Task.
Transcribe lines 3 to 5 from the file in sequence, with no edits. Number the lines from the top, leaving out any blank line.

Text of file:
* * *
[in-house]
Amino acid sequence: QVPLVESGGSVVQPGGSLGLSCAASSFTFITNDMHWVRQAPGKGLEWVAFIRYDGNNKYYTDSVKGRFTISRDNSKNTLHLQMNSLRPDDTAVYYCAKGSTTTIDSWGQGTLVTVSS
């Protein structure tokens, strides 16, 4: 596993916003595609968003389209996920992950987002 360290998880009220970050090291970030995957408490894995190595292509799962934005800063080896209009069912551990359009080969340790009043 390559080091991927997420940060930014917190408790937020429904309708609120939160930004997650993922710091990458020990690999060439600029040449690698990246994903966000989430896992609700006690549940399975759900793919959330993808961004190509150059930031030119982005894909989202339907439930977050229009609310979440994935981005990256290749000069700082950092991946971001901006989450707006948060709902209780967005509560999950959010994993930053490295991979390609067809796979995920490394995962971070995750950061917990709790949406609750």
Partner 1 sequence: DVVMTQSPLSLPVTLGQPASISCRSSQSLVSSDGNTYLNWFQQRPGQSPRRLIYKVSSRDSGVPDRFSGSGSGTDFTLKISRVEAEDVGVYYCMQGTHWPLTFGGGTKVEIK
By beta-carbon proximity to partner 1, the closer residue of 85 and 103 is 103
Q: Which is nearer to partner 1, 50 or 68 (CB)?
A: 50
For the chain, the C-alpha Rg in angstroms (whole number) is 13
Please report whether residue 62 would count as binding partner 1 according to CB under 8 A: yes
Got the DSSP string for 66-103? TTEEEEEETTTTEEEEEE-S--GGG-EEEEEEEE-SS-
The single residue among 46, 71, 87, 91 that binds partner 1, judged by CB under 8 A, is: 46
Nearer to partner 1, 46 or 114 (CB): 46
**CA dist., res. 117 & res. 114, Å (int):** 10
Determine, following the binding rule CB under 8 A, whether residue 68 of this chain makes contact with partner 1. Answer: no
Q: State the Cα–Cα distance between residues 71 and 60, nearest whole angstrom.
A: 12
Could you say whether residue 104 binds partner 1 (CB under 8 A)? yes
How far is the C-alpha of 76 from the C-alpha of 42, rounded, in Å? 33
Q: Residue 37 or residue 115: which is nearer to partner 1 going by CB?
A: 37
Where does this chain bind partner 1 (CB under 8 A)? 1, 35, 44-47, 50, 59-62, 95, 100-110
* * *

């Protein structure tokens, strides 16, 4: 596993916003595609968003389209996920992950987002 360290998880009220970050090291970030995957408490894995190595292509799962934005800063080896209009069912551990359009080969340790009043 390559080091991927997420940060930014917190408790937020429904309708609120939160930004997650993922710091990458020990690999060439600029040449690698990246994903966000989430896992609700006690549940399975759900793919959330993808961004190509150059930031030119982005894909989202339907439930977050229009609310979440994935981005990256290749000069700082950092991946971001901006989450707006948060709902209780967005509560999950959010994993930053490295991979390609067809796979995920490394995962971070995750950061917990709790949406609750």
Partner 1 sequence: DVVMTQSPLSLPVTLGQPASISCRSSQSLVSSDGNTYLNWFQQRPGQSPRRLIYKVSSRDSGVPDRFSGSGSGTDFTLKISRVEAEDVGVYYCMQGTHWPLTFGGGTKVEIK
By beta-carbon proximity to partner 1, the closer residue of 85 and 103 is 103